The oldest members of the baby boom generation, born between 1946 and 1964, began to turn 65 this year. Those who don’t have traditional pension plans will need to sell their assets to finance retirement. “A looming concern is that this massive sell-off might depress equity values,” according to a Federal Reserve Bank of San Francisco report released this week.
Researchers Mark Spiegel and Zheng Liu forecast that real stock prices will follow a downward trend until 2021, cumulatively declining by about 13 percent relative to 2010, largely due to population aging. They then expect a slow recovery in which real stock prices don’t return to their 2010 level until 2027. However, they also assert that long-term investors shouldn’t shy away from stocks. Their calculations suggest that the real value of equities will be about 20 percent higher in 2030 than they were in 2010.
The researchers made these predictions by calculating the ratio of middle-aged people between ages 40 and 49 to older people age 60 to 69 from 1954 to 2010. They then compared this population aging ratio to the year-end price-earnings ratio of the Standard & Poor’s 500 Index, adjusted for inflation and average inflation-adjusted earnings, for the same years. They found this measure of population aging to be correlated with the performance of the stock market. For example, when the baby boomers reached their peak working and saving ages between 1981 and 2000, the aging ratio quadrupled and the price-earnings ratio tripled. As the baby boomer generation started to age in the 2000s, both ratios declined substantially.
“This evidence suggests that U.S. equity values are closely related to the age distribution of the population,” according to the report. Spiegel and Liu estimate that the aging ratio explains about 61 percent of the movements in the price-earnings ratio during the period studied. They then used Census Bureau data to predict the population aging ratio from 2011 to 2030 and then forecast the path that the price-earnings ratio is likely to follow in the next few decades. “The model-generated path for real stock prices implied by demographic trends is quite bearish,” they write.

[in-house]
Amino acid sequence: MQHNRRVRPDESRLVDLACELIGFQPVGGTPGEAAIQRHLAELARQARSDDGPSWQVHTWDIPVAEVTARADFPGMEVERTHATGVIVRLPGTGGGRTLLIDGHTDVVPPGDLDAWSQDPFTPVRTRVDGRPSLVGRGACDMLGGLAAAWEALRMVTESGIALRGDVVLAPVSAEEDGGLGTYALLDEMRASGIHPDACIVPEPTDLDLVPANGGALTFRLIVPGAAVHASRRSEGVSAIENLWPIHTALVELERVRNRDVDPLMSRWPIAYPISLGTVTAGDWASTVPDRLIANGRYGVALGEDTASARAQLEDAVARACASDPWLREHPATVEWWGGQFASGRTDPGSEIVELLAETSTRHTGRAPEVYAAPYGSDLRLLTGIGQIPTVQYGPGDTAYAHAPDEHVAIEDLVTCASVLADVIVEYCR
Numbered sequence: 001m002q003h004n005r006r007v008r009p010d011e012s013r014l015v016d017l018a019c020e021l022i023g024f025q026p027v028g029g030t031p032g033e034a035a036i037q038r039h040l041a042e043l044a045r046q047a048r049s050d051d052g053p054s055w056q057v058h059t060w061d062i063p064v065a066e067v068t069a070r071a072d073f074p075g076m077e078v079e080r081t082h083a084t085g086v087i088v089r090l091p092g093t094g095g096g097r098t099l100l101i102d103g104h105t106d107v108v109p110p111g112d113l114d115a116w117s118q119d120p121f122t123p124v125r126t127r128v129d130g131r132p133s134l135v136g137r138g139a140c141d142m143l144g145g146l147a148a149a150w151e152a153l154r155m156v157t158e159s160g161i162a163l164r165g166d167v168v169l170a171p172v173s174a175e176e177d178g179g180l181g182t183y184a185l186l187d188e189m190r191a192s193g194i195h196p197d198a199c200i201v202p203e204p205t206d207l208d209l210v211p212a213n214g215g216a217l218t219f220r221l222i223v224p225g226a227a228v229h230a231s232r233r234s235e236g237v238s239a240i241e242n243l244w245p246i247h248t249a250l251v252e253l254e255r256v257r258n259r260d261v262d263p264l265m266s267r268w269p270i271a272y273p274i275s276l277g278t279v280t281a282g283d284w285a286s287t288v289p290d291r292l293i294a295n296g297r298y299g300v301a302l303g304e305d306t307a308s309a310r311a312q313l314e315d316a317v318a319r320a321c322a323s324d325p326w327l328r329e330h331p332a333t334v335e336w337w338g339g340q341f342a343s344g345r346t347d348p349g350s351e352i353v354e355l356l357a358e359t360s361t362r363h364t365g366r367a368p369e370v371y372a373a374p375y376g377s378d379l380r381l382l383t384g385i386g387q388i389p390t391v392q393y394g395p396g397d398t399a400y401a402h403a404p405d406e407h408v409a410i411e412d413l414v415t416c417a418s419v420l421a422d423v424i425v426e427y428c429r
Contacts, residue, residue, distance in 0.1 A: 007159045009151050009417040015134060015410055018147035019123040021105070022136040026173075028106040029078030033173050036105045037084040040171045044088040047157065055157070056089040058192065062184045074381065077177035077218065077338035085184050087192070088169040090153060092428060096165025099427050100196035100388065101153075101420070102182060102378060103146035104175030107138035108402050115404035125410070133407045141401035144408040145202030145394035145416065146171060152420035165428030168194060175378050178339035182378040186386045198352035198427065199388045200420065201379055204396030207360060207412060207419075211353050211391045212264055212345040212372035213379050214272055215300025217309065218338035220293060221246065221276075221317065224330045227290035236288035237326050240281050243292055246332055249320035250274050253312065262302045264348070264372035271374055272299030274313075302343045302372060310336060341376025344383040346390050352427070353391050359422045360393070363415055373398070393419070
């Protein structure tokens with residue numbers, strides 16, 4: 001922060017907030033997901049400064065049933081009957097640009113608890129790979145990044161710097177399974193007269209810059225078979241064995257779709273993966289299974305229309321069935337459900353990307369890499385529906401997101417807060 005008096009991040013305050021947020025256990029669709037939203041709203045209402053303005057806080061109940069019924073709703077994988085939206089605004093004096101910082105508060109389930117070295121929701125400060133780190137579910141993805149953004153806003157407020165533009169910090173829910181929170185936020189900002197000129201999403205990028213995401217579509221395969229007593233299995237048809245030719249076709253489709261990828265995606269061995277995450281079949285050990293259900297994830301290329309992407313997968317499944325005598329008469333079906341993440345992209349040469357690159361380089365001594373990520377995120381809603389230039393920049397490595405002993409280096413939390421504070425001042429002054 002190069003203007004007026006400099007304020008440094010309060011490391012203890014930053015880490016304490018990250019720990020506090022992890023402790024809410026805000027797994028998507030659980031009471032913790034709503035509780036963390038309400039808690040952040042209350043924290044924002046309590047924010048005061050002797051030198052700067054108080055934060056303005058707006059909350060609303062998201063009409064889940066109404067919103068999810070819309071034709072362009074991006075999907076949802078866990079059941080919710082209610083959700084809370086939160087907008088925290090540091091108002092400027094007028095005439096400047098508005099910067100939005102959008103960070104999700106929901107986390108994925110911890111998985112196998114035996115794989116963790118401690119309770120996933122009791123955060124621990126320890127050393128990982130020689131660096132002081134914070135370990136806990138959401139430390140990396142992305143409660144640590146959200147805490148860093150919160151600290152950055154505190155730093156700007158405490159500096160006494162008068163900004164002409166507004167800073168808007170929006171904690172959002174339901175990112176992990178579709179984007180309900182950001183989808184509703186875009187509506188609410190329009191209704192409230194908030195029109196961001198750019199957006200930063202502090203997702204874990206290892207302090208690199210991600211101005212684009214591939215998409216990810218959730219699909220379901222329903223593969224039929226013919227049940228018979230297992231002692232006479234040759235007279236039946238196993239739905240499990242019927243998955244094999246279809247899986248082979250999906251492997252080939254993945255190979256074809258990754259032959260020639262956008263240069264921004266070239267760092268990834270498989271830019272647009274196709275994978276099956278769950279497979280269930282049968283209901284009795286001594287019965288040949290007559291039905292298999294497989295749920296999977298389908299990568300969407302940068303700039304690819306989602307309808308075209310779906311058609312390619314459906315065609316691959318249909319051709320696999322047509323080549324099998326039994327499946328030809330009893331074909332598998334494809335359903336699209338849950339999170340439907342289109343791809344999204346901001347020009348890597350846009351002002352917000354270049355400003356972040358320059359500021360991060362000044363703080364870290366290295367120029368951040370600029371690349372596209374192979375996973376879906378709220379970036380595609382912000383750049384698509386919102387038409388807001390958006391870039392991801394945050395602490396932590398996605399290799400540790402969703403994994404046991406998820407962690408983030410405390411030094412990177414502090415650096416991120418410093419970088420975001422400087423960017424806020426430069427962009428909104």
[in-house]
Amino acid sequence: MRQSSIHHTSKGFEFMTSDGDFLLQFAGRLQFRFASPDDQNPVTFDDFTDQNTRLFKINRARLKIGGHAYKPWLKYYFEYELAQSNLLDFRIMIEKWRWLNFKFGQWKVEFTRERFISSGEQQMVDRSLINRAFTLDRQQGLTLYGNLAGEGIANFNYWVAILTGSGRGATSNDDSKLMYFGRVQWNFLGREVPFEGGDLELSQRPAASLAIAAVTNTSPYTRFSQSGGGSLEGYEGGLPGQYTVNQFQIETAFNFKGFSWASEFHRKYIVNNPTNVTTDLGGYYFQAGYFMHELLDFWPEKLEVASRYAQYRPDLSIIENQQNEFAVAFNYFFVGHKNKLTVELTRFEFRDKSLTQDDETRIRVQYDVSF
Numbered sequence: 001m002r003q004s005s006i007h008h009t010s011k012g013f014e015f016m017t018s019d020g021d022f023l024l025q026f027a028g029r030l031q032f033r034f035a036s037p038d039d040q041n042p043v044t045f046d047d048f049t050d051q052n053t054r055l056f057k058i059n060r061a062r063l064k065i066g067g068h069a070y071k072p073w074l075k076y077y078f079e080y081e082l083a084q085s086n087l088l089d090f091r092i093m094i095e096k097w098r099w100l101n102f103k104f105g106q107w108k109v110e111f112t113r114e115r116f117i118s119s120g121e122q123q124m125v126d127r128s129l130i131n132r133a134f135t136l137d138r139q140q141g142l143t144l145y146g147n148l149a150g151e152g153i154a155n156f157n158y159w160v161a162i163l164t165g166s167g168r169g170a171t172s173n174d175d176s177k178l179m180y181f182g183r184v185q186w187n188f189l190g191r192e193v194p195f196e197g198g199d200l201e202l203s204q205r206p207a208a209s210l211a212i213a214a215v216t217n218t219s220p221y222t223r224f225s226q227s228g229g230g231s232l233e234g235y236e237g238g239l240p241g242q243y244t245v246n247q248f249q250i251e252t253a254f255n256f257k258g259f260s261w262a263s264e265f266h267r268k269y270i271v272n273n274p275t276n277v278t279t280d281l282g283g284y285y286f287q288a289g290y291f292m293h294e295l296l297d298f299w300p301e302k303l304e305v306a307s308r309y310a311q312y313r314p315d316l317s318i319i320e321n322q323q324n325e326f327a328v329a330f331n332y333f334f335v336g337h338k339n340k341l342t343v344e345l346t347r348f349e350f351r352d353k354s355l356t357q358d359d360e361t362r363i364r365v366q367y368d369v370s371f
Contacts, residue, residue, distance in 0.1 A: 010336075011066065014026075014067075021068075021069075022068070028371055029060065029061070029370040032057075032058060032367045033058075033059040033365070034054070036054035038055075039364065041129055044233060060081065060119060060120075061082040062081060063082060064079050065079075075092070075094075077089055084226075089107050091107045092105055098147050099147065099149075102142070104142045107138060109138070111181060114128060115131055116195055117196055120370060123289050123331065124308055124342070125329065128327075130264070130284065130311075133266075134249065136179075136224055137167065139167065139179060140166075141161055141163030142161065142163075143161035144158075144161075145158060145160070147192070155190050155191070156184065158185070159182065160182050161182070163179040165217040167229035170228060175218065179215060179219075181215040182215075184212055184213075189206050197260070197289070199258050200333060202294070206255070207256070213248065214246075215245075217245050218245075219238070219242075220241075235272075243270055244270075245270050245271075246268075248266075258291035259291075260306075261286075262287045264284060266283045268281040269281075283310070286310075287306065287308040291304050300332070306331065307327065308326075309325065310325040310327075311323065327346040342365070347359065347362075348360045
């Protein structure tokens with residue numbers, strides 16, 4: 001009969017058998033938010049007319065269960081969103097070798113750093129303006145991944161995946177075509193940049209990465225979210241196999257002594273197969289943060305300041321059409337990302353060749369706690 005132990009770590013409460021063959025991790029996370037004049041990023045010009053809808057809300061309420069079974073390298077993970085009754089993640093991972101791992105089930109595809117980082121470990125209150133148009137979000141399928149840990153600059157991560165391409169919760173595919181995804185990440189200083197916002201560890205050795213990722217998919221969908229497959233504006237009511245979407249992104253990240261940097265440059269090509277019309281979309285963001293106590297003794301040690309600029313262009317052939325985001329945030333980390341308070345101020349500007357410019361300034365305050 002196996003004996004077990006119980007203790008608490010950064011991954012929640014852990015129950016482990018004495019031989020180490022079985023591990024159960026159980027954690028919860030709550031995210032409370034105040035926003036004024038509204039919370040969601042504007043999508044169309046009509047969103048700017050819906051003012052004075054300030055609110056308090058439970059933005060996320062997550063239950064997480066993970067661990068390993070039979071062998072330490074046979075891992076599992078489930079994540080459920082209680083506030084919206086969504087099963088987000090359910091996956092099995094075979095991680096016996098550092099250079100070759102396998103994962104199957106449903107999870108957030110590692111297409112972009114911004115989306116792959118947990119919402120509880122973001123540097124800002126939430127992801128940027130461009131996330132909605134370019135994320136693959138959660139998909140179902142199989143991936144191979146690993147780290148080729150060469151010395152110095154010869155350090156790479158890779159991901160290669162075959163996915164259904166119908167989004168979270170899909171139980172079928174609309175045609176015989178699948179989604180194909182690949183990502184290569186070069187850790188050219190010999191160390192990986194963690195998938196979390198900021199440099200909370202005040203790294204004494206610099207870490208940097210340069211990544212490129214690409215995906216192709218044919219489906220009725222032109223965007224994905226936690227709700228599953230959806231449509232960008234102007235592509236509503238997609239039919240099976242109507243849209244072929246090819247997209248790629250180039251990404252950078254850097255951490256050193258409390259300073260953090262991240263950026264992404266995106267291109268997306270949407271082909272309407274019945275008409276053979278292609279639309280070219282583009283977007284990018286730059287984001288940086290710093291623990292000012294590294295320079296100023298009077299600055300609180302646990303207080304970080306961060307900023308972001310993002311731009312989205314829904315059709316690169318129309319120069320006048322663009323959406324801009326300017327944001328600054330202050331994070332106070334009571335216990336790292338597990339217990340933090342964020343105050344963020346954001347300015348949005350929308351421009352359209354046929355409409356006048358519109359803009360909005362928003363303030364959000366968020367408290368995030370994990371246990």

The researchers acknowledge there are several factors that could mitigate the impact the demographic shift will have on the stock market. Retired individuals may continue to hold equities throughout their retirement to leave to heirs or in case they live longer than expected. Foreign demand for U.S. equities might also reduce the downward pressure on asset prices. And, of course, many other factors drive demand for stocks.
However, the San Francisco Fed remains concerned that population aging will depress the stock market. Spiegel and Liu write: “It is disconcerting that the retirement of the baby boom generation, which has long been expected to place downward pressure on U.S. equity values, is beginning in earnest just as the stock market is recovering from the recent financial crisis, potentially slowing down the pace of that recovery.”